Medications and Athletic Training Part II:
Medications and Athletic Training Part II:
Prepared by Dr. Eric Fuchs, LAT, ATC, NRAEMT, SMTC
Part II of this blog on medications and athletic training addresses the questions surrounding AT’s who work with youth sports. More specifically, for example are factors such as parental consent necessary to obtain with the handling and administration of medication. This may seem as simple as saying, athletic trainers’ working with minors will administer no medication; however, this as a policy could be problematic when faced with anaphylaxis and need for epi-pen or asthmatic in need of an inhaler should an emergency arise. And what if a minor is dropped off at camp for a day or an overnight and is taking prescription medications? Many athletic trainers and their supervisors often feel the solution is to have the youth athlete or parent provide their inhaler or epi-pen to the AT, but this practice based on many state laws may place your employees in violation of state or federal law by transporting or possessing medication not prescribed in their name. Additionally, as an administrator what if your employee forgets to give Suzie or Johnny back their inhaler or epi-pen after the practice or game and they have an allergic reaction, while eating out with their friends? This act of failing to return the medication creates a potential for liability exposure.
Best practice is to develop policies, procedures and protocols, where athletic trainers are provided the required and/or needed emergency medications through a supervising physician, if allowed by law and include training on how to administer them in compliance with the state practice act and any applicable federal laws. As always, training should be document. This helps to assure your sports medicine staff is prepared with needed medication when a medical emergency arises. For Example, a situation I can think of occurred while working at a youth event in a very large sports arena (NFL Stadium) and a patient with a known allergy to peanuts became exposed and was going into anaphylaxis. When we asked if the parents had an epi-pen, the mom said “dad was running out to the parking lot as it was left in car”; however, by having epinephrine on-site with our sports medicine staff and protocols in place with supervising physician we were able to render quality patient care in this emergency situation.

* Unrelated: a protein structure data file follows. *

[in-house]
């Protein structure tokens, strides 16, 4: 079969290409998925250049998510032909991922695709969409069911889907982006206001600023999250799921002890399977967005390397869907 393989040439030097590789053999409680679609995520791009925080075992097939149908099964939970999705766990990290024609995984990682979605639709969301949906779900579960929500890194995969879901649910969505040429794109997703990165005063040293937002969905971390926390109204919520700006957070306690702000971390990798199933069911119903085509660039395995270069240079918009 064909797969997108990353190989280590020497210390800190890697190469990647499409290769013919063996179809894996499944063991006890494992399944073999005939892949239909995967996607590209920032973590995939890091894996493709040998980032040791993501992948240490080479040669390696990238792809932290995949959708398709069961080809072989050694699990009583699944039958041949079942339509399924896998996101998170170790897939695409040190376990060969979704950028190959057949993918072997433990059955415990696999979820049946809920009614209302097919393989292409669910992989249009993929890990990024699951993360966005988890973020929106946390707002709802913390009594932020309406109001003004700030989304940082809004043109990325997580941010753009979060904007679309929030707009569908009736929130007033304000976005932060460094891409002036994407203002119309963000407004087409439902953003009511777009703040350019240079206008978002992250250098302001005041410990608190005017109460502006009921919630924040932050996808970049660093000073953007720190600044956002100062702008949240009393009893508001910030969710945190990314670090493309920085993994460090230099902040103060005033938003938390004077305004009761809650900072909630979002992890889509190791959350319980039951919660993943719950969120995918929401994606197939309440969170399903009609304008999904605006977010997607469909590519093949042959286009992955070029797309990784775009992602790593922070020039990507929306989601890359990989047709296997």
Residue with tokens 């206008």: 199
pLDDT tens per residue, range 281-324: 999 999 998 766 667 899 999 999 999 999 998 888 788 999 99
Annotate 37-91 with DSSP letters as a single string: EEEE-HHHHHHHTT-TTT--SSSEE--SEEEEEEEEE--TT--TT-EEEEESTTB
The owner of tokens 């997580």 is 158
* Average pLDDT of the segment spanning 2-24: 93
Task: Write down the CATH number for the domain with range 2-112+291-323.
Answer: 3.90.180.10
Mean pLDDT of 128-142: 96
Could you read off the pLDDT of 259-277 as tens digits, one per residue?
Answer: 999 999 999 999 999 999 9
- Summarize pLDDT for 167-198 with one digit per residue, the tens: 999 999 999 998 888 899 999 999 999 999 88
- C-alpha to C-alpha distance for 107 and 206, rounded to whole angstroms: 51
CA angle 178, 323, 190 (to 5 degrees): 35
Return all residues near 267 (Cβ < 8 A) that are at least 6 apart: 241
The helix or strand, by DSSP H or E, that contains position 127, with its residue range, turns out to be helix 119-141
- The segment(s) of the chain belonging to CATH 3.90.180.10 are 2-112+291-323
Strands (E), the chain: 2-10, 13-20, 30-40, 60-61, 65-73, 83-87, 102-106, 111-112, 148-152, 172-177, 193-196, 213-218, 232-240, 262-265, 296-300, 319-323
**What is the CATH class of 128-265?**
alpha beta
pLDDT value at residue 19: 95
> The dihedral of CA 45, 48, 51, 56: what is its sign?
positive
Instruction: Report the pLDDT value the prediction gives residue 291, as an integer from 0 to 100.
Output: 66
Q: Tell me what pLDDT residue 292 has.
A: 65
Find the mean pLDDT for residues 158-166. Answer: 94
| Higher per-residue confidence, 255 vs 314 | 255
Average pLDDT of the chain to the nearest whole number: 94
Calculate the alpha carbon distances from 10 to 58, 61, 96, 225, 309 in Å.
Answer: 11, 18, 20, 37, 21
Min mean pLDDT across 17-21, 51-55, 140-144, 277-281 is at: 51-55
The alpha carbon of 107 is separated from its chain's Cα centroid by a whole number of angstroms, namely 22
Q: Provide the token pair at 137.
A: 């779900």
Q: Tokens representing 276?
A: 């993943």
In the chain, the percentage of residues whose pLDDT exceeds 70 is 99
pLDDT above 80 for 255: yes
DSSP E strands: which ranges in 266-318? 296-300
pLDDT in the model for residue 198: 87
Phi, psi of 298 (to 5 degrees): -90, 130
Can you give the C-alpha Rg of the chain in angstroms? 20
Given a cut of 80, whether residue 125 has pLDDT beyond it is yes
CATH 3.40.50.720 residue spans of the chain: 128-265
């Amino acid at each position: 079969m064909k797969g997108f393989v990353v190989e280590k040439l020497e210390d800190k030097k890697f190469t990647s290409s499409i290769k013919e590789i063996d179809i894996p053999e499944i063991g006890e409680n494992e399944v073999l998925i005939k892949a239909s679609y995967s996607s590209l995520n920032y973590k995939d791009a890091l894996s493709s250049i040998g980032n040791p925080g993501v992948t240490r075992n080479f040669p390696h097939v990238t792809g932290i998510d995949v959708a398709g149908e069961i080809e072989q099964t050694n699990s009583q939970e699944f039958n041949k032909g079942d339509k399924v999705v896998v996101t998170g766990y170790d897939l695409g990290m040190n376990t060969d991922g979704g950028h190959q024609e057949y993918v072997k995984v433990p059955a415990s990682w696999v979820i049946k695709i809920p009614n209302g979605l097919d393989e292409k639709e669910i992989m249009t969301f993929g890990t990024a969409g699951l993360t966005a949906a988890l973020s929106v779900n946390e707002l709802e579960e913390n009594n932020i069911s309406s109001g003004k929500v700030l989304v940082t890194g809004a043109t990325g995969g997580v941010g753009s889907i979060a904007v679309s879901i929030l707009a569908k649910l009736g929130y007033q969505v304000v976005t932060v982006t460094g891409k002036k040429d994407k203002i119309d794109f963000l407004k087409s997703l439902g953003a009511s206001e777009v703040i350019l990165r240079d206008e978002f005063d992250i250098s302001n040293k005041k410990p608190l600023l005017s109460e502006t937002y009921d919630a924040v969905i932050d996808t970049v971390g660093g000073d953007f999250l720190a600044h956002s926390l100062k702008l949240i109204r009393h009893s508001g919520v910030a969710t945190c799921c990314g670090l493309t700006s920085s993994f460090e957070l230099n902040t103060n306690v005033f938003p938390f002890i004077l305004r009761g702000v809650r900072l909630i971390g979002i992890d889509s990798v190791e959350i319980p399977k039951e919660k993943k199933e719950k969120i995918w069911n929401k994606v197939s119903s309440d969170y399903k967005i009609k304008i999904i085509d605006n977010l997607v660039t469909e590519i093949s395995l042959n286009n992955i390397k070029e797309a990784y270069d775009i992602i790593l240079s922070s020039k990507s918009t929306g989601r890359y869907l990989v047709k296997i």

Another consideration is the need for both OTC and prescription medications requirements to have a detailed inventory and documentation of administration. These records should include, the route, dose, quantity, patient demographics, condition, lot# and any additional information in accordance with the requirements in state practice act, state pharmacy laws, and federal laws and regulations. The Board of Certification (BOC) Standard of Professional Practice 7 requires athletic trainers to document all procedures and services in accordance with federal and state law. Any discrepancies or failure to document medication inventories or administrations could create liability exposure.
Have you thought about the following: If you received notification from the FDA on a recall for a medication, could you identify all patients who were administered the recalled OTC or medication by your providers? This would be the expected standard of care in order to inform them of the recall and follow up with any concerns or adverse side effects.
In addition to these previously discussed concerns, an athletic trainer or administrator must consider what methods are being taking to assure medications staff transport are properly stored and secured. Are serial numbers being used? What about tab locking devices, which have an inventory sheet matching what was in the secured kit, quantity, lot number, etc…? This allows you to know that if the tab is broken what medications were used or are missing (risk of theft) in accordance with state and federal laws regarding medication storage.
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This two-part blog series on medications and the athletic trainer is shared to provide administrators and athletic trainers with the understanding of how to mitigate liability risk associated with medications through development of comprehensive, protocols, policy and procedure, professional development and staff training when making the decision to utilize medication, whether OTC or prescription in their clinical practice. A best practice approach would be to put together a committee or task force of stake holders, to include AT’s, Supervising physician, pharmacist, risk management &/or legal counsel to review and develop a protocol to provide for your patients’ needs, which mitigates liability if the comprehensive protocols are followed1. 1. Fuchs, E. (2020) Chapter 5: Emergency medications and administration. In Cleary, M.A. & Walsh, K. Acute and Emergency Care in Athletic Training. (pp. 105-131). Champaign, IL: Human Kinetics
2. Board of Certification (2018) BOC Standards of Professional Practice Version 3.2 Implemented January 2019. Retrieved 11/29/2020 from: https://7f6907b2.flowpaper.com/SOPP012019/#page=1
This blog was written by Dr. Eric Fuchs, LAT, ATC, NRAEMT, SMTC